- big number package, all in Forth
- library link code for gint.dll
- The DLL itself
- big number package based on gint.dll
- header file for other use of gint.dll

There are two bignumber packages available here. The first is **bignum.frt**.
It is completely written in Forth. Non-standard, but no problem for iForth.
All algorithms are taken from Knuth's TAOCP. Although the multiplication
method doesn't use modern tricks like Karatsuba and FFT, for numbers up to
a few thousand bits it is certainly competitive with (if not faster than)
GiantInt.

The second package is loaded by including **factor.frt**. It uses Perfectly
Scientific's GiantInt package, which is written in "C". iForth accesses the
code through the **gint.dll**. Glue routines, comparable to the ones needed for
BLAS and NRC, are in **gint.frt**. The header file **gint.h** may allow you to use
**gint.dll** in other contexts. The full code can be downloaded
here. I have
not ported it to Linux yet. That should be straight-forward though.

You will find that both bignum packages are heavily spiked with number theoretic functions.

I had hoped to get to the forefront of technology by incorporating GiantInt. It became clear while porting that technology has made vast progress since 1998 (last GiantInt release). My belief is now that up to maybe 100 digits gint.dll is OK, but not spectacular. For real heavy duty stuff it will be necessary to link to NFS or MPQS routines.

- The standard +,-,*,/ and % operators. These work on two GIANTs or on a GIANT and a 16-bit number (gint.dll unfortunately uses short ints).
- GCD in various flavors.
- Modulus, exponentiation and shift for GIANTs, special cased for Mersenne and Fermat numbers.
- Stack-like allocation and deallocation of GIANTs.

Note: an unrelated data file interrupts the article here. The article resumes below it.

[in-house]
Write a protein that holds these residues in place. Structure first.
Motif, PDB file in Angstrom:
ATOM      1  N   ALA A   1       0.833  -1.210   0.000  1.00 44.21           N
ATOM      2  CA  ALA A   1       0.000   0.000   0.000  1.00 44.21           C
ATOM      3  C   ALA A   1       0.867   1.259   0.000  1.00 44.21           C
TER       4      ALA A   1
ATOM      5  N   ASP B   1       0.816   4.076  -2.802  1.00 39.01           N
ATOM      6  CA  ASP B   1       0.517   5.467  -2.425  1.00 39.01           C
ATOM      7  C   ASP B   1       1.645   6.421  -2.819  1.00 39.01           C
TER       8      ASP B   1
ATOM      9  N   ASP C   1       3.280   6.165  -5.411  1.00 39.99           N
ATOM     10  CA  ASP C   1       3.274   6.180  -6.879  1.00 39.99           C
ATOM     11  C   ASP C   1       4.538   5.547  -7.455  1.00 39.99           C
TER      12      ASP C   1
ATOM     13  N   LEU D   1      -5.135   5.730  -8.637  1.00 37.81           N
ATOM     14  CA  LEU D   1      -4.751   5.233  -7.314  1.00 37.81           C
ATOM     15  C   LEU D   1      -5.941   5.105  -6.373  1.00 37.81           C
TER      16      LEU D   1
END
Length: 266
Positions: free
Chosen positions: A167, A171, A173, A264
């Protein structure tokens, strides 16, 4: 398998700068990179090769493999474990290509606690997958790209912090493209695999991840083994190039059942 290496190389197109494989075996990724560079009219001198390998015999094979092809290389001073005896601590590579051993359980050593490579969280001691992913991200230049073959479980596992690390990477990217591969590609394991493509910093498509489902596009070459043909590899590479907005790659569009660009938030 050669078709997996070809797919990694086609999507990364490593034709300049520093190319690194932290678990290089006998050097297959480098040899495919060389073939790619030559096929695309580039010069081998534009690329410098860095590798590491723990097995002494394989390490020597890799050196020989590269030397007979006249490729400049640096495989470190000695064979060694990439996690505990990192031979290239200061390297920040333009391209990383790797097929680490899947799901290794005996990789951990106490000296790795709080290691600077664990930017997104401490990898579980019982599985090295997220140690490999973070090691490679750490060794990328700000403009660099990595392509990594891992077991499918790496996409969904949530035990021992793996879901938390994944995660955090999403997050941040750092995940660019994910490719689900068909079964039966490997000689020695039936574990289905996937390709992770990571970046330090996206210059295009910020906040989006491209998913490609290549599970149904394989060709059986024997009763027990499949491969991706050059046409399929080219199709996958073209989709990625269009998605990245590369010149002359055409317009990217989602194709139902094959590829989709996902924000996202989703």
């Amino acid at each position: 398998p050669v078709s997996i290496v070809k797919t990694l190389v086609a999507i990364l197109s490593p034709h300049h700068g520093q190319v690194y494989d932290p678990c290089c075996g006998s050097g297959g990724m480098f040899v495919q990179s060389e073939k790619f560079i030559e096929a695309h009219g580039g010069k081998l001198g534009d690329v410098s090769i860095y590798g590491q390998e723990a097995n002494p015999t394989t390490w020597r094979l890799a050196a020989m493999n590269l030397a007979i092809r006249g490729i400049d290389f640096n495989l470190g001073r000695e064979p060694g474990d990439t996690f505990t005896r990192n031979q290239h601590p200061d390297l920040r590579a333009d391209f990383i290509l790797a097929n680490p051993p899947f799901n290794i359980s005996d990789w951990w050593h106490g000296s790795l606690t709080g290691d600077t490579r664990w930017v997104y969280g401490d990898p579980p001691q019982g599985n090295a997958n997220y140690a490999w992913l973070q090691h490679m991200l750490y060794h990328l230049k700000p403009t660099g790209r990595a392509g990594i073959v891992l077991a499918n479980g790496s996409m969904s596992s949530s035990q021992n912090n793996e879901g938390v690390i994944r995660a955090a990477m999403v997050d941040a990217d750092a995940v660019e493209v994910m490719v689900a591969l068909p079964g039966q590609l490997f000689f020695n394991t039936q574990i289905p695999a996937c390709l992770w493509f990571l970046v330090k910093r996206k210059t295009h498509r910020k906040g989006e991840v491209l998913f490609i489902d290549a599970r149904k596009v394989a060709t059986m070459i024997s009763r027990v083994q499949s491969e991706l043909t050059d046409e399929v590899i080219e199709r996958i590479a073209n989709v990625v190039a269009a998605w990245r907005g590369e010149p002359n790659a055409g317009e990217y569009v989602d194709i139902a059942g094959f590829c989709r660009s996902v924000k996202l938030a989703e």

- Elliptic curve routines (high-level variant of George Woltmans' Mersenne crusher)
- A very fast prime test, bigprimeq.
- Faculty (!) and squareroot functions (implemented in Forth)
- Miller-Rabin prime test, also in high-level Forth.
- Lucas-Lehmer prime test (for Mersenne numbers), in Forth

(Release 22 OCT 2001) "You may download giantint at any time, free of charge. PSI makes no warranty for this free software and we disclaim any and all implied warranties or conditions, including any implied warranty of title, of noninfringement, of merchantability, or of fitness for a particular purpose. If these terms are acceptable to you and you wish to download the free software, click here..."The sources can be compiled to

```
S" 99999999999999999999999991111111111111111173212028727617181111" .factor
```

33107 * 560929 * 5384833477785736418660700040798137594423688327731437 [composite?]

S" 5384833477785736418660700040798137594423688327731437" .factor

( should give: 548469301596654329 * 9817930487832035819402468332988053 or time out )

The timeout happens. However, it may just mean that Lenstra's method (from which I swiped the example) is better than what is in the GiantInt package. free counter